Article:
She would be able to strike, soon.


   He seems to relish the derision she treats him with. He toys with her, joking and jesting about things he knows not; it is enough for her hatred of him to grow darker still.

   The imp at her side cackles and flips, drawing anxious glances from the gathered elves.


   Alessandra soon saw her chance, and she took it.

   To openly move against Silvermoon’s traitor Prince; she relished in the proximity of her victory and stepped, eagerly, onto this new path.


   Aerrath, it turns out, has waited for her.

   He stands at a fork in an unknown path, beside him, hand clasped in his, is a tiny high elven girl. Her eyes as luminous, as blue and uncorrupted as her father’s stare at her, accusingly. She is beautiful, as beautiful as Alessandra had always imagined their children; silky, flaxen hair falling around her ears and around her shoulders; cherubic face a gentle mixing of their features. She loves her already, so much so that her withered heart breaks with it.

   Aerrath watches her steadily, sad and somber as she’d never seen him before. His eyes flick over her dispassionately, as if he can see the consuming darkness she had given herself to in the last years of her life, and then rest on her own, fel green eyes.

   “What have you done to yourself, Aless?” He asks, a tremble to his voice conveying the multitude of his emotions.

   She no longer knows how to read that tremble. She presses her lips together and sags to her knees. “What was necessary to avenge you, my love,” she says, unable to look away from him.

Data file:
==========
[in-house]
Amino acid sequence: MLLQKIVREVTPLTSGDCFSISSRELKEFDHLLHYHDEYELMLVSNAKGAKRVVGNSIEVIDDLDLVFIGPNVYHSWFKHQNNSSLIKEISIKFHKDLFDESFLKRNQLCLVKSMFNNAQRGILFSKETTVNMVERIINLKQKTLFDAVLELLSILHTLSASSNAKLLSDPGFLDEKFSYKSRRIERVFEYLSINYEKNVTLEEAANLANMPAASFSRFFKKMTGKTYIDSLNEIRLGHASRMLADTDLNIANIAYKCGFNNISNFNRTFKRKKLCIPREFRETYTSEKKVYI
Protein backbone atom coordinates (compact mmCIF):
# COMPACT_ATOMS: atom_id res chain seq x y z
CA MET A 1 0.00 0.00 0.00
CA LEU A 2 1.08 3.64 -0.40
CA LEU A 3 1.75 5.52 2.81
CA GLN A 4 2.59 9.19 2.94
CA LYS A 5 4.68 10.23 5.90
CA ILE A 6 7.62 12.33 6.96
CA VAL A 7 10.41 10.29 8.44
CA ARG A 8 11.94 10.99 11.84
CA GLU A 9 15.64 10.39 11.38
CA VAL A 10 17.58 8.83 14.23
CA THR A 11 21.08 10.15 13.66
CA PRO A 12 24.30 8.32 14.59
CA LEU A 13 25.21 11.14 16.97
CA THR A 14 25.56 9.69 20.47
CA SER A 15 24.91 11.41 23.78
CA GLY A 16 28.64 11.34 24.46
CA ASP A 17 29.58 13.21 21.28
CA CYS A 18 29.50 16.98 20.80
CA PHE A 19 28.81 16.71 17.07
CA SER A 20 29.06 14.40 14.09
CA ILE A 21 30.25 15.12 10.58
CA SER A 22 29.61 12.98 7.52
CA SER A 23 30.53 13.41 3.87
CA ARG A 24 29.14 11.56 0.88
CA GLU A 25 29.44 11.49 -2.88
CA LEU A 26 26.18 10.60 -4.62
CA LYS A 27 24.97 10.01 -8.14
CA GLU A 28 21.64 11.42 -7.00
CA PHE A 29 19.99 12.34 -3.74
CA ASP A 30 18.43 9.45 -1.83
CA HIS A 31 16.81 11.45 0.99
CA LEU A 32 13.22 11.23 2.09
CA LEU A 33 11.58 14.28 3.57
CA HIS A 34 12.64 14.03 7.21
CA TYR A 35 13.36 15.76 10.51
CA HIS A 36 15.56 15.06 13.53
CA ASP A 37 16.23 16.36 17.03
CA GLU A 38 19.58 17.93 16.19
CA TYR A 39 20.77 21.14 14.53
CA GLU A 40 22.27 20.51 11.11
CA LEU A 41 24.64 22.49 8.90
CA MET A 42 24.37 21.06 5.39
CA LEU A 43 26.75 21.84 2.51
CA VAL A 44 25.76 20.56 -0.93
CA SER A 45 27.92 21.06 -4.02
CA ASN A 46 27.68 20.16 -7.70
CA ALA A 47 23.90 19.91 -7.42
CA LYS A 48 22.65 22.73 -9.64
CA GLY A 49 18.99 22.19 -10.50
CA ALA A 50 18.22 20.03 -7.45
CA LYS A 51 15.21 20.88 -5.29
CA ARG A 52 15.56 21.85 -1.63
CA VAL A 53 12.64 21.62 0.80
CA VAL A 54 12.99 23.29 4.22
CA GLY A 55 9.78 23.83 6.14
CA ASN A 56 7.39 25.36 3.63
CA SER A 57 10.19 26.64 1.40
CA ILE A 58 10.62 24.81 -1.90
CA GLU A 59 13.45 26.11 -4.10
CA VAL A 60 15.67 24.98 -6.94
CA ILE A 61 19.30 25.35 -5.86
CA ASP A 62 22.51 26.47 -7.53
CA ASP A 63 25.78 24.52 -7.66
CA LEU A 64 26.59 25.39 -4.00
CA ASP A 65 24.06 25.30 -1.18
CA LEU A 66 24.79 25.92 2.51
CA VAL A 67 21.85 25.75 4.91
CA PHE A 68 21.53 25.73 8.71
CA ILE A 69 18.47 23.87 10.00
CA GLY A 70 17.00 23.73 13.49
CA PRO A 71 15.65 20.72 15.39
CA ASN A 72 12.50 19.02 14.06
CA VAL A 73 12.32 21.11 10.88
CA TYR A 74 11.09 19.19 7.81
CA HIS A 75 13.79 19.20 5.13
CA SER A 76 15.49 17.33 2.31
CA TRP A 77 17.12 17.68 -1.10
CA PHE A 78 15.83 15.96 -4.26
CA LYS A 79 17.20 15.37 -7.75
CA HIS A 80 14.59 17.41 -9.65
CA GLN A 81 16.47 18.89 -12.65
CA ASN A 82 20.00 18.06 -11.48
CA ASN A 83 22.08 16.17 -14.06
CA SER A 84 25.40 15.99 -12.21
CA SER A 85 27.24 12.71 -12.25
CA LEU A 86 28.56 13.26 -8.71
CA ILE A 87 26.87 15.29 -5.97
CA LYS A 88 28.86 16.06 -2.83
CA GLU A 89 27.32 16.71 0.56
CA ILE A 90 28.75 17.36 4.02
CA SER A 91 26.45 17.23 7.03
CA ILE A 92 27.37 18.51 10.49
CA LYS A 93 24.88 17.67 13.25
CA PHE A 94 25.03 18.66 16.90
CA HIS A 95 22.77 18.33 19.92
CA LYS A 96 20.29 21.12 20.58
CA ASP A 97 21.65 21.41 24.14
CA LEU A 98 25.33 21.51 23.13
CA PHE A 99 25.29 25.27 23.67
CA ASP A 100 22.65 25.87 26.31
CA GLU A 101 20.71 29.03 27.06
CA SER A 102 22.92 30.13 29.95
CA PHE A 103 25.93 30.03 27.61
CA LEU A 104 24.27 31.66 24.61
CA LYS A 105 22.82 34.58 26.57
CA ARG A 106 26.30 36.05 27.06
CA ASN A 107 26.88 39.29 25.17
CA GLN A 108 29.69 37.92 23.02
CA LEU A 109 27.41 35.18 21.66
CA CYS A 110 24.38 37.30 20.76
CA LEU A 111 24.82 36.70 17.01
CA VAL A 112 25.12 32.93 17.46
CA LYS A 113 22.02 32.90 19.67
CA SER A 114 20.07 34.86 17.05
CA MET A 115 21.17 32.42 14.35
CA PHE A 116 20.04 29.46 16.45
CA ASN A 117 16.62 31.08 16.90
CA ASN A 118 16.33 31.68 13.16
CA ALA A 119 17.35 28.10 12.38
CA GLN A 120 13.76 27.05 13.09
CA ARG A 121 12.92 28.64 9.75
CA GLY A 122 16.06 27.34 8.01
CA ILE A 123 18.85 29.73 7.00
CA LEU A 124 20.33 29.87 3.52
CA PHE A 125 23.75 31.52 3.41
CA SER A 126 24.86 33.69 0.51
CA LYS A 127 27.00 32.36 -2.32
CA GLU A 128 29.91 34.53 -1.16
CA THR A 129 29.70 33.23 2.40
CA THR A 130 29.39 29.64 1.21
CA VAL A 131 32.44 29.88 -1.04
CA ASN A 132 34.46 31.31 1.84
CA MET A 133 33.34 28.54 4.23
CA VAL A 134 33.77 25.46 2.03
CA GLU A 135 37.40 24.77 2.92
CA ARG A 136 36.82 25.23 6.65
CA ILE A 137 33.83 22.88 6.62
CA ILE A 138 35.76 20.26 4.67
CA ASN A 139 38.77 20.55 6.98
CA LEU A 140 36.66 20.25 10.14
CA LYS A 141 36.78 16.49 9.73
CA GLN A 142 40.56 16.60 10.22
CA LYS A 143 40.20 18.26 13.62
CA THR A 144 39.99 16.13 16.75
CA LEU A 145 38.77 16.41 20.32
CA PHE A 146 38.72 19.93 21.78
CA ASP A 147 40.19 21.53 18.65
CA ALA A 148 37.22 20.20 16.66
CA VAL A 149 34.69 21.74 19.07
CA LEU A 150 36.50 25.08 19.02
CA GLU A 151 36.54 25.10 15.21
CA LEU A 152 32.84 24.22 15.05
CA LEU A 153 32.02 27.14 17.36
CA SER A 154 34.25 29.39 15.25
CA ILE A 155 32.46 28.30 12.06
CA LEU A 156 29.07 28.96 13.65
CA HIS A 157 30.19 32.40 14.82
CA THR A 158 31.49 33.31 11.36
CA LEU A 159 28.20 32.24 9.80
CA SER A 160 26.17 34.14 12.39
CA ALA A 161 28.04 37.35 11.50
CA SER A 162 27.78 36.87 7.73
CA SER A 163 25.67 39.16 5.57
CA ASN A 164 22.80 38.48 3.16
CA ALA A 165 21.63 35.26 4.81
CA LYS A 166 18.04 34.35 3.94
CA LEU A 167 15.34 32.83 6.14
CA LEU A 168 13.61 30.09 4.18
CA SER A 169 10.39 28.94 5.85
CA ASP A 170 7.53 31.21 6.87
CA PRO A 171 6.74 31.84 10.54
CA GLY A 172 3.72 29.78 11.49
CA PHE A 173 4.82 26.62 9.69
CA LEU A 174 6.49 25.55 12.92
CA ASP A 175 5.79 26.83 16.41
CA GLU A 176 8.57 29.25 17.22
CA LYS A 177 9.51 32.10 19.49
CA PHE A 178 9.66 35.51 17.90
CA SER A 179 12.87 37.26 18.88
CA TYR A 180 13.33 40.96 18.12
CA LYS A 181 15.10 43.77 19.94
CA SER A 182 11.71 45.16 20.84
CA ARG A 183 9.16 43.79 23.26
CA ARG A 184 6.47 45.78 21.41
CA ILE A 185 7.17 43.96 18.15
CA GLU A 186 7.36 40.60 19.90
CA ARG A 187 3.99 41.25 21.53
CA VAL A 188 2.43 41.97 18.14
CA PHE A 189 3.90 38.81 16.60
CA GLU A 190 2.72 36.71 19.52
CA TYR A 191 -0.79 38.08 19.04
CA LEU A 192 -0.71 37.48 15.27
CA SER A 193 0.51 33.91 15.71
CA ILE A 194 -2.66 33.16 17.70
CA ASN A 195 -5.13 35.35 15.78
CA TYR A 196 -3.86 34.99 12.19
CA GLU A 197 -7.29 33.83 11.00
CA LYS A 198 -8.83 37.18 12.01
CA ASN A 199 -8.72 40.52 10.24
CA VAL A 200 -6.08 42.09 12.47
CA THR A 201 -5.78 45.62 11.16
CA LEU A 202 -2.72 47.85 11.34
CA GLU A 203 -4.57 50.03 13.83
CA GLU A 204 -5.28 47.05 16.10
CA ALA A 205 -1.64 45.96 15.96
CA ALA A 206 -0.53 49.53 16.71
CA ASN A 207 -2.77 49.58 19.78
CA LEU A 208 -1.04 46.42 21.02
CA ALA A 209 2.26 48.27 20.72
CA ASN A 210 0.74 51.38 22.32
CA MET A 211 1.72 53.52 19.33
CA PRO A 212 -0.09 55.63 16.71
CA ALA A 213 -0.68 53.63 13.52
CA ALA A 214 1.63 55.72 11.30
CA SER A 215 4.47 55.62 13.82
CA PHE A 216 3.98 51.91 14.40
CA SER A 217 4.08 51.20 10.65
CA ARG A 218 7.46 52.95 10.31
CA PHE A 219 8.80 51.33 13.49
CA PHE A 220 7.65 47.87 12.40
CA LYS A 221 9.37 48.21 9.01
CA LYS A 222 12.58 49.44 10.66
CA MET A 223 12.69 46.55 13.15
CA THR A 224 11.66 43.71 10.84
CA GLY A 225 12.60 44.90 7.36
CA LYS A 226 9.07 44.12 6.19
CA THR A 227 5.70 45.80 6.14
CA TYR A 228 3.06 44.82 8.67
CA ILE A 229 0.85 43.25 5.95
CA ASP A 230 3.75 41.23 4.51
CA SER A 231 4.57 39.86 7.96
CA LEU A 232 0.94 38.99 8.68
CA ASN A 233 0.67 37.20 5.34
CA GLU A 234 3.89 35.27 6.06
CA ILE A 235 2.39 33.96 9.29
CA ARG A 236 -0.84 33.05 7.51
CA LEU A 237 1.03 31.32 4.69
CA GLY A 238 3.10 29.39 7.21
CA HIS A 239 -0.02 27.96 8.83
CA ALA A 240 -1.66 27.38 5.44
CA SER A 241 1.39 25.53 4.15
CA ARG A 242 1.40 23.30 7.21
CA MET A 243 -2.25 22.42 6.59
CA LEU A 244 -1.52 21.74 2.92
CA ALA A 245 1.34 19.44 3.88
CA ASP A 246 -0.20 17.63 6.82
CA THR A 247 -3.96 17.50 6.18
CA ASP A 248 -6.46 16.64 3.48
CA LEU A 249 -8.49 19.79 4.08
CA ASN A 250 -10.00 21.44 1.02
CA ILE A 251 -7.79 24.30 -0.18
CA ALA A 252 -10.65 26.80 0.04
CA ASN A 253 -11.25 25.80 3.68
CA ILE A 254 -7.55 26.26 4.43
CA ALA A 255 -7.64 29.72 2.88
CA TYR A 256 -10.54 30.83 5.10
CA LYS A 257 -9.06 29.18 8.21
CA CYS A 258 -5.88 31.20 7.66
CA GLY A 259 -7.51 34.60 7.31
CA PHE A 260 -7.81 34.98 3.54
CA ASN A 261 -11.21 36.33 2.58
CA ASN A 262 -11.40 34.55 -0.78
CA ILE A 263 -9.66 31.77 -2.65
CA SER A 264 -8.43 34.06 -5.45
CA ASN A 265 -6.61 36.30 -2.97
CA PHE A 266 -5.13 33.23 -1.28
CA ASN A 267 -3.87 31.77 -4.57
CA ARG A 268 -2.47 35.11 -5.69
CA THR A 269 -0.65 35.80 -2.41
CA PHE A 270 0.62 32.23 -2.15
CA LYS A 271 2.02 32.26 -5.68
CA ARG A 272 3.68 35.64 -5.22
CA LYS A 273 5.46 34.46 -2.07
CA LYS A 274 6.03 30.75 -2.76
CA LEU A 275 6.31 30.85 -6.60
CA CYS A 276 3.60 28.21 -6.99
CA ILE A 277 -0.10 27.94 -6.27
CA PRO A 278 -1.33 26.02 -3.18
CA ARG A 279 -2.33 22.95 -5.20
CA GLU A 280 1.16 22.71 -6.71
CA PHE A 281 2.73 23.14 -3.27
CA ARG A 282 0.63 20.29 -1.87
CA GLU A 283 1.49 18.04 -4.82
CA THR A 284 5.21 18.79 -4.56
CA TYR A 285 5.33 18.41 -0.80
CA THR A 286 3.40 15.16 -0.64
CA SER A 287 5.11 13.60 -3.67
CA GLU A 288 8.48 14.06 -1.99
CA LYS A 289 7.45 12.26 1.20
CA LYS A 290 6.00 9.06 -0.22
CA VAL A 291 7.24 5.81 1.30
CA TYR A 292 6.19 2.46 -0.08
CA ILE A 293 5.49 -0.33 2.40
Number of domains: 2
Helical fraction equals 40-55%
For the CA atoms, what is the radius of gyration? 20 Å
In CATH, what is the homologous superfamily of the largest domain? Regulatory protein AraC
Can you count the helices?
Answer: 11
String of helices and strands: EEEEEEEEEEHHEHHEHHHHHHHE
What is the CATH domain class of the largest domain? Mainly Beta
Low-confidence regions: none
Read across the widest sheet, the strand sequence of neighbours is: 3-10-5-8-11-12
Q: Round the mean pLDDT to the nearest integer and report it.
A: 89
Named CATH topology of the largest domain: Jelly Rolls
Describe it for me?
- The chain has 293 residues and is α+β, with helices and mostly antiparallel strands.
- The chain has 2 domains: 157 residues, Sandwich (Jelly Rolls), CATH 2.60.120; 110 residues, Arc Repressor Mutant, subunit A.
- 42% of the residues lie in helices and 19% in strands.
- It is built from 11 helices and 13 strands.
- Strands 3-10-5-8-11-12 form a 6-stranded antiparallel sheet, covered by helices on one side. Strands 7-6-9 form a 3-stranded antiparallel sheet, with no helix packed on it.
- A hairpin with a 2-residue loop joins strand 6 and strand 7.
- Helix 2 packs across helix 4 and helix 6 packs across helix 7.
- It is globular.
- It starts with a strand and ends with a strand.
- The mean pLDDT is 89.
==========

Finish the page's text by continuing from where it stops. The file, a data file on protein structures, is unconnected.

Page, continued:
Beside Aerrath the unnamed child tightens her grip on her father’s fingers. “You killed me,” she says, voice soft and high; like the whisper of wind through the trees.

   Alessandra’s heart tightens, and she wonders why she never considered the things that had happened from the perspective of her loved ones.

   “You’ve done so much,” Aerrath continues, his voice growing stronger. He pulls his hand free from their daughter’s and rests it, instead, on her shoulder. He pulls her to his side, but keeps his eyes on Alessandra. “I wanted nothing but happiness for you, Aless, and never, ever, wanted you to live like this if the worst had happened to me."

   “I don’t know if I can forgive you for it.”

   “I did the right thing,” she argues, despair clawing at her throat.

   “Yes,” he admits, “but for the wrong reasons.”

   “I had nothing left,” she insists, meeting his gaze defiantly.

   He smiles, and it is the same expression he wore when his life passed through her fingers; only stronger. “I know, and I love you for it, my beloved Alessandra.” He pauses, glances over his shoulder and then to his daughter before his gaze returns to her’s. “And now you have to choose, my love, to continue on the path you have chosen or to redeem yourself.

   “Do the right thing, for the right reasons this time, love,” and with his piece said, Aerrath fades into nothingness.

   Their daughter remains and eyes her mother skeptically. “Goodbye, Mommy,” she says, and she too fades.

   Alessandra Katryne stands in the world between worlds and walks forward. She chooses her path and walks down it, knowing, and hoping, that her family waits for her at the end.